Moussaka for Valentines!

Moussaka is almost a “staple” dish in Greek cuisine along with Olives and Feta. A traditional Greek Eggplant Moussaka is a casserole dish made by adding thick layers of eggplant and potatoes with a spiced meat filling in tomato sauce. It is then finished off by adding a topping of béchamel sauce (creamy egg enriched sauce which is very similar to white sauce) and baking it to perfection till its crispy and has that famous golden look on the top.

It was made famous by the legendary Greek chef Nicholas Tselementes and whilst it can be time consuming and laborious to make, it is most definitely worth the effort and will certainly impress your visitors and family. What is more, due to its richness in ingredients and taste, it is hearty and filling so you won’t need many side dishes to accompany it.

So let’s have a look at the main ingredients you will need but always remember you can add a little twist yourself by adding some delicious peppers or chillies to the mince.

Nutritional Guidelines

Nutritional Guidelines (per serving)
933 Calories
53g Fat
68g Carbs
46g Protein
(Nutrition information is an estimate calculated using an ingredient database)
  • Total:2 hrs 45 mins
  • Prep:2 hrs
  • Cook:45 mins
  • Yield:6 to 8 Servings

Ingredients

For the Vegetables

  • 3 to 4 eggplants (about 4 pounds)
  • Salt
  • 1 pound potatoes
  • Olive oil (for greasing baking sheets)
  • 8 large egg whites (reserving the yolks for the béchamel)
  • 2 cups plain breadcrumbs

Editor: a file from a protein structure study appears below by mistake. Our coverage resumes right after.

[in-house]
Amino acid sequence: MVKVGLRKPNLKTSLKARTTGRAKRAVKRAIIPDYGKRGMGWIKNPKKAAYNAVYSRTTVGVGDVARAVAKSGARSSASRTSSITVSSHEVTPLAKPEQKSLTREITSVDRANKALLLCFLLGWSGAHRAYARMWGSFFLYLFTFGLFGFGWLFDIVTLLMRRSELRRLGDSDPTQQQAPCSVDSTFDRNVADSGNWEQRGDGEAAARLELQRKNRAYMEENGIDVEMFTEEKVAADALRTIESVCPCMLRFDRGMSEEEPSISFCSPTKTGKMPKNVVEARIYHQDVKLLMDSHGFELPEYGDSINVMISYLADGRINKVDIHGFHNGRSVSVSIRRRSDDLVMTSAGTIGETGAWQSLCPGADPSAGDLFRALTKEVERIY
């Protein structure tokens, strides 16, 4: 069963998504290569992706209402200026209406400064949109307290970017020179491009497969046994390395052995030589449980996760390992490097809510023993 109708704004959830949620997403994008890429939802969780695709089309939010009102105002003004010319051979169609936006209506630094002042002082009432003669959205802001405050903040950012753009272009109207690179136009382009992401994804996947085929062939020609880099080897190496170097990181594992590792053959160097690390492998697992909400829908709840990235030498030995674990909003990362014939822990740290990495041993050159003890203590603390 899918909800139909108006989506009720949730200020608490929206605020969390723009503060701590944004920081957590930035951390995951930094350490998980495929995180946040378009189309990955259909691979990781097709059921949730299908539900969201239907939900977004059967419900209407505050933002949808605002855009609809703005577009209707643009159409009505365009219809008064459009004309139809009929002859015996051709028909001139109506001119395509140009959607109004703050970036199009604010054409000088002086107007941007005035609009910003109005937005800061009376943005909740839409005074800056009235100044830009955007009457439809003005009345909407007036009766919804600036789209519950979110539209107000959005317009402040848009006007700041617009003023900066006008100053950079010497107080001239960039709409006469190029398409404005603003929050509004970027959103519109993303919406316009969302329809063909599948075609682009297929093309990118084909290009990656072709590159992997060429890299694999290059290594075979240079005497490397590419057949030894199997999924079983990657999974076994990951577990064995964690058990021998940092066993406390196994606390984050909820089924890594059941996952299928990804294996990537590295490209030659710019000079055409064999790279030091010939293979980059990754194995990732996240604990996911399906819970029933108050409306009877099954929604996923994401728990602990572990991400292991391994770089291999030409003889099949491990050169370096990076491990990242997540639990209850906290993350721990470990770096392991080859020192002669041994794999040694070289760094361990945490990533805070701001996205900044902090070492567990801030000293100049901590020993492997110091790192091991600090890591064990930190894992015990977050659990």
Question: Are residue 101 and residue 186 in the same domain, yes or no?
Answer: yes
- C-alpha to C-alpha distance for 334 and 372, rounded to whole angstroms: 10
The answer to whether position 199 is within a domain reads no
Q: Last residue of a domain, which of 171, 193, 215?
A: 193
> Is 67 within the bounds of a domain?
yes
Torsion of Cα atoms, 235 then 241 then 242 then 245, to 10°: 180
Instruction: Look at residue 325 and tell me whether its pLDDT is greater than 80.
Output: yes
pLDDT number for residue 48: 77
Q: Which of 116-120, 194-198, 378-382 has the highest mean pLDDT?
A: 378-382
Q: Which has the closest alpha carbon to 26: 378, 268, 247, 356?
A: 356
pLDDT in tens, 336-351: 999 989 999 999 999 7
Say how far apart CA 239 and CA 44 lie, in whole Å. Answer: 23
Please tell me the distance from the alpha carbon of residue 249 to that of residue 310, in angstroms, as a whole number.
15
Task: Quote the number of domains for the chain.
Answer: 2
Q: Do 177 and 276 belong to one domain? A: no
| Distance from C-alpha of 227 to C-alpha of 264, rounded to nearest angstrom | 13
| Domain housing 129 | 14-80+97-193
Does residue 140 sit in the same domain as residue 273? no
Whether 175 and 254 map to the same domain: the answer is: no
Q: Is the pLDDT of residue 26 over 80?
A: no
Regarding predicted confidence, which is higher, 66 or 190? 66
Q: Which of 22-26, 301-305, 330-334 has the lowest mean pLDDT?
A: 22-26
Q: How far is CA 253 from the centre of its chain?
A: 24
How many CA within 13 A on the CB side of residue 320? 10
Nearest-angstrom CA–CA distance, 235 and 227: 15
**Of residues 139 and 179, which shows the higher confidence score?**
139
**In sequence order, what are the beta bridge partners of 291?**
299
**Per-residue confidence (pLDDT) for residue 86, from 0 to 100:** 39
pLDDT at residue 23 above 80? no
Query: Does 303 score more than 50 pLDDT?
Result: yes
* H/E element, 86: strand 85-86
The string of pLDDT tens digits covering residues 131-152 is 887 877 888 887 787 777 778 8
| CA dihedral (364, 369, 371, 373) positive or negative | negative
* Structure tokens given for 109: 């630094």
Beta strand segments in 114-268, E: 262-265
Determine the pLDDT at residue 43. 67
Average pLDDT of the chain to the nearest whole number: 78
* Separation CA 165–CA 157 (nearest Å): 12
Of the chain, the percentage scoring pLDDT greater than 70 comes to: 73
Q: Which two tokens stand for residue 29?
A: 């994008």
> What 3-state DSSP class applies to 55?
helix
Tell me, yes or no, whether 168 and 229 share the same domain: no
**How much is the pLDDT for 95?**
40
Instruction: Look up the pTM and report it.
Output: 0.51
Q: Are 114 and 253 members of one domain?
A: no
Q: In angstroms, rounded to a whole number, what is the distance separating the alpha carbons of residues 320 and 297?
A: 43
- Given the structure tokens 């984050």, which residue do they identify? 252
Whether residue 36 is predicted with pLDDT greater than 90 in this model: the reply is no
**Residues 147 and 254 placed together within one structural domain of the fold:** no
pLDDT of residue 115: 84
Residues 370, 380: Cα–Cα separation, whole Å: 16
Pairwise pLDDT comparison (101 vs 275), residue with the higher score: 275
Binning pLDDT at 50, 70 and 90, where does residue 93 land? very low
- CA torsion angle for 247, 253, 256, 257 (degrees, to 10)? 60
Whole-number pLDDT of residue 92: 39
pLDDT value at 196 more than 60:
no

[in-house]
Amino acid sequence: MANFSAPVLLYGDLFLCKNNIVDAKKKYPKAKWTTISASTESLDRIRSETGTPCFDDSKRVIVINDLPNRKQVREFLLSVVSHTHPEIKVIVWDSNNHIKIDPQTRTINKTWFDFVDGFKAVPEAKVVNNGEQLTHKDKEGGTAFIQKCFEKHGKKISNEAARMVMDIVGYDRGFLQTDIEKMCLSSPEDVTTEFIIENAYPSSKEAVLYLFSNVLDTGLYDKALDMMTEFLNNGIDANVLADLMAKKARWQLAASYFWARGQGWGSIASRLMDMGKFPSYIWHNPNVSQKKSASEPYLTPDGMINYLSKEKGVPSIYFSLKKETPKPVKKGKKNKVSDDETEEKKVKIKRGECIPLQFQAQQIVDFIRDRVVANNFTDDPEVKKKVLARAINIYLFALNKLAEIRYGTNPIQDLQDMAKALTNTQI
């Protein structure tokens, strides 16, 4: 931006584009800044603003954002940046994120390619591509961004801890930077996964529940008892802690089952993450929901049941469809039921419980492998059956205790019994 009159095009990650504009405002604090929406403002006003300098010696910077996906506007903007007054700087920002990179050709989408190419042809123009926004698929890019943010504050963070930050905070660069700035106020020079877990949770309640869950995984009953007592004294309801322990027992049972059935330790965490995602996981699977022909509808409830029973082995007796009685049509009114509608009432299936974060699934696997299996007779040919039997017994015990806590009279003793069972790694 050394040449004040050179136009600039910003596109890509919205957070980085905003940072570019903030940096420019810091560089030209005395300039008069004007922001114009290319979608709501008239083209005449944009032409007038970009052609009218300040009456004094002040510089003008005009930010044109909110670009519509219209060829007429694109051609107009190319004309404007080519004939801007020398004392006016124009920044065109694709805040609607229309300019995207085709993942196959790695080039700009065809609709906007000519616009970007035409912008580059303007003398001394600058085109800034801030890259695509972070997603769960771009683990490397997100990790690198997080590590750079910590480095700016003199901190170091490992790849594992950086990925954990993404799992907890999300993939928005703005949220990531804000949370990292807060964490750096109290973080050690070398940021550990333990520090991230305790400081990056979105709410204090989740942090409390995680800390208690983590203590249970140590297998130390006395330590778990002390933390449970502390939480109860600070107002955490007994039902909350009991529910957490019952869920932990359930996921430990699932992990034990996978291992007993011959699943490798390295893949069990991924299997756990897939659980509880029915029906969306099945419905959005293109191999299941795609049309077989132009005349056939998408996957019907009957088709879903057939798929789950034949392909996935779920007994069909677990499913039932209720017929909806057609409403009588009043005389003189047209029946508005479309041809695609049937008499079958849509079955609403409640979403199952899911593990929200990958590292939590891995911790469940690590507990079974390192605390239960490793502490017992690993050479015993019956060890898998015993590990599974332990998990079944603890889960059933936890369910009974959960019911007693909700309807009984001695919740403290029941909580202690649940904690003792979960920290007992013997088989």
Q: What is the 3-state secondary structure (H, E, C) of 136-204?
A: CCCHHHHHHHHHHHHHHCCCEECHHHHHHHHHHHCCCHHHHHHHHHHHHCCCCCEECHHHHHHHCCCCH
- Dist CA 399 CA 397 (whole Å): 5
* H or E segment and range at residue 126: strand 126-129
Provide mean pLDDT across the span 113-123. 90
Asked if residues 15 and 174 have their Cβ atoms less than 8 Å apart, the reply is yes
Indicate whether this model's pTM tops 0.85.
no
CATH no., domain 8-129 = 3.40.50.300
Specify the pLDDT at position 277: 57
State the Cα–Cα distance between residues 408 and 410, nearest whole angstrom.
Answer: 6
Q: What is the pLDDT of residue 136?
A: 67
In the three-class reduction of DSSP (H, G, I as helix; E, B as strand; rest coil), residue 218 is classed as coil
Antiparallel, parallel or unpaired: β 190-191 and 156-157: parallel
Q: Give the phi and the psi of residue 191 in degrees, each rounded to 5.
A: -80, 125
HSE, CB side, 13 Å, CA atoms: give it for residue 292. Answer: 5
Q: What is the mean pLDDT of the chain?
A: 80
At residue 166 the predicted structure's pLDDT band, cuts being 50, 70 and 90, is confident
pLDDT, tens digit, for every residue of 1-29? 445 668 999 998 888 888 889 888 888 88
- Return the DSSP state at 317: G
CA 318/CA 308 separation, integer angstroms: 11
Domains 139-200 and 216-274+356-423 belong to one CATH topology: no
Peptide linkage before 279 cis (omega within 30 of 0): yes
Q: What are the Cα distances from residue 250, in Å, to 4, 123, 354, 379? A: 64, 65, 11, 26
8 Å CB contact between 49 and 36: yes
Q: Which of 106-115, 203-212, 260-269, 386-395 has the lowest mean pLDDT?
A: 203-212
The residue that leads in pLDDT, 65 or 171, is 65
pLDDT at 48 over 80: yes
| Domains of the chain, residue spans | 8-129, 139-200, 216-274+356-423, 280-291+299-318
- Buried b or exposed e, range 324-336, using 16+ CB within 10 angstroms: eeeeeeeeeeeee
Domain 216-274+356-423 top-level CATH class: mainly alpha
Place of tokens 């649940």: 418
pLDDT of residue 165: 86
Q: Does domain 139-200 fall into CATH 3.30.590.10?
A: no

For the Meat Filling

  • 1 1/2 pounds ground beef (or lamb)
  • 2 large onions (finely diced)
  • 2 cloves garlic (minced)
  • 1/2 cup dry red wine
  • 1 teaspoon ground cinnamon
  • 1/4 teaspoon ground allspice
  • 1/4 cup fresh parsley (chopped)
  • 2 tablespoons tomato paste
  • 1 cup crushed tomatoes
  • 1 teaspoon sugar
  • Salt (to taste)
  • Freshly ground pepper (to taste)

For the Béchamel Sauce

  • 1 cup (2 sticks) unsalted butter
  • 1 cup all-purpose flour
  • 4 cups milk (warmed)
  • 8 large egg yolks (lightly beaten)
  • Pinch of ground nutmeg
  • For the Assembly
  • Breadcrumbs (for the bottom of the pan)
  • 1 cup Kefalotyri cheese (grated, or freshly grated Parmesan cheese)

How to make

Vegetables:

  • Using a sharp peeler, partially peel the eggplants, leaving strips of peel about 1-inch wide around the eggplant. Slice the eggplant into 1/2-inch slices.
  • Place the eggplant slices in a colander and salt them liberally. Cover them with an inverted plate and weigh down the plate with a heavy can or jar. Place the colander in the sink and let it sit for at least 15 to 20 minutes, preferably 1 hour.
  • Peel the potatoes, place whole in a pot, cover with cold water, and bring to a boil. Cook until they are just done for no more than about 10 minutes. They should not get too soft, just cooked enough so that they no longer crunch. Drain, cool, and cut them into 1/4-inch slices. Set them aside or in water.
  • Heat the oven to 400 F. Line two baking sheets with aluminum foil and lightly grease with oil.
  • Add a splash of water to some egg whites and beat them lightly with a fork. Place breadcrumbs on a flat plate.